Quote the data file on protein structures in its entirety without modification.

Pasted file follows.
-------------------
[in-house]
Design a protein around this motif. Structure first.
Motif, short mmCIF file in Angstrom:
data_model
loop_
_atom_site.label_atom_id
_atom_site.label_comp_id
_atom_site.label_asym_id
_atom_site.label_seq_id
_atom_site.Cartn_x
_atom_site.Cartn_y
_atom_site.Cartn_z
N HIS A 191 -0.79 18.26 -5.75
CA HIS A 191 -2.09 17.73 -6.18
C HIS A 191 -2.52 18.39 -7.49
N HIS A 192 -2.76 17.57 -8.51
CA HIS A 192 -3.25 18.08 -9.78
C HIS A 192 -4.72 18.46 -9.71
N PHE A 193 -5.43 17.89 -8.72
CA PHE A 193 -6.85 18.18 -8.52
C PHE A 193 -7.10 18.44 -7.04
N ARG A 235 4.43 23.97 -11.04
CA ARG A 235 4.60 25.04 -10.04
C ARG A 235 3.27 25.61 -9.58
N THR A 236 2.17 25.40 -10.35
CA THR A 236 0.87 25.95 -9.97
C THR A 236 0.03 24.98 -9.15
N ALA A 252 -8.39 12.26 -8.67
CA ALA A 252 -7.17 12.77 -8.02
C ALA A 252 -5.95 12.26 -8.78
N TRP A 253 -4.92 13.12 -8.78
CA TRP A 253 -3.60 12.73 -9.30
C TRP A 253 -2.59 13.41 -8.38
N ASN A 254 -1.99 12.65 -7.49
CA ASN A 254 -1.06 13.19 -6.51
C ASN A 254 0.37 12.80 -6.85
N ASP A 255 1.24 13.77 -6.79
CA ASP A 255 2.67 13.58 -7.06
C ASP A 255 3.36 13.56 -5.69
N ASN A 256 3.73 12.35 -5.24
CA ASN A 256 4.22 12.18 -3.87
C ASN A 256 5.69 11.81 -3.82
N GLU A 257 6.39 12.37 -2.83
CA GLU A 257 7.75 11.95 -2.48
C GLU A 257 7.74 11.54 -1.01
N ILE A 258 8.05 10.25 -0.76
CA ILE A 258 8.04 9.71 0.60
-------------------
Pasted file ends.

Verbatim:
[in-house]
Design a protein around this motif. Structure first.
Motif, short mmCIF file in Angstrom:
data_model
loop_
_atom_site.label_atom_id
_atom_site.label_comp_id
_atom_site.label_asym_id
_atom_site.label_seq_id
_atom_site.Cartn_x
_atom_site.Cartn_y
_atom_site.Cartn_z
N HIS A 191 -0.79 18.26 -5.75
CA HIS A 191 -2.09 17.73 -6.18
C HIS A 191 -2.52 18.39 -7.49
N HIS A 192 -2.76 17.57 -8.51
CA HIS A 192 -3.25 18.08 -9.78
C HIS A 192 -4.72 18.46 -9.71
N PHE A 193 -5.43 17.89 -8.72
CA PHE A 193 -6.85 18.18 -8.52
C PHE A 193 -7.10 18.44 -7.04
N ARG A 235 4.43 23.97 -11.04
CA ARG A 235 4.60 25.04 -10.04
C ARG A 235 3.27 25.61 -9.58
N THR A 236 2.17 25.40 -10.35
CA THR A 236 0.87 25.95 -9.97
C THR A 236 0.03 24.98 -9.15
N ALA A 252 -8.39 12.26 -8.67
CA ALA A 252 -7.17 12.77 -8.02
C ALA A 252 -5.95 12.26 -8.78
N TRP A 253 -4.92 13.12 -8.78
CA TRP A 253 -3.60 12.73 -9.30
C TRP A 253 -2.59 13.41 -8.38
N ASN A 254 -1.99 12.65 -7.49
CA ASN A 254 -1.06 13.19 -6.51
C ASN A 254 0.37 12.80 -6.85
N ASP A 255 1.24 13.77 -6.79
CA ASP A 255 2.67 13.58 -7.06
C ASP A 255 3.36 13.56 -5.69
N ASN A 256 3.73 12.35 -5.24
CA ASN A 256 4.22 12.18 -3.87
C ASN A 256 5.69 11.81 -3.82
N GLU A 257 6.39 12.37 -2.83
CA GLU A 257 7.75 11.95 -2.48
C GLU A 257 7.74 11.54 -1.01
N ILE A 258 8.05 10.25 -0.76
CA ILE A 258 8.04 9.71 0.60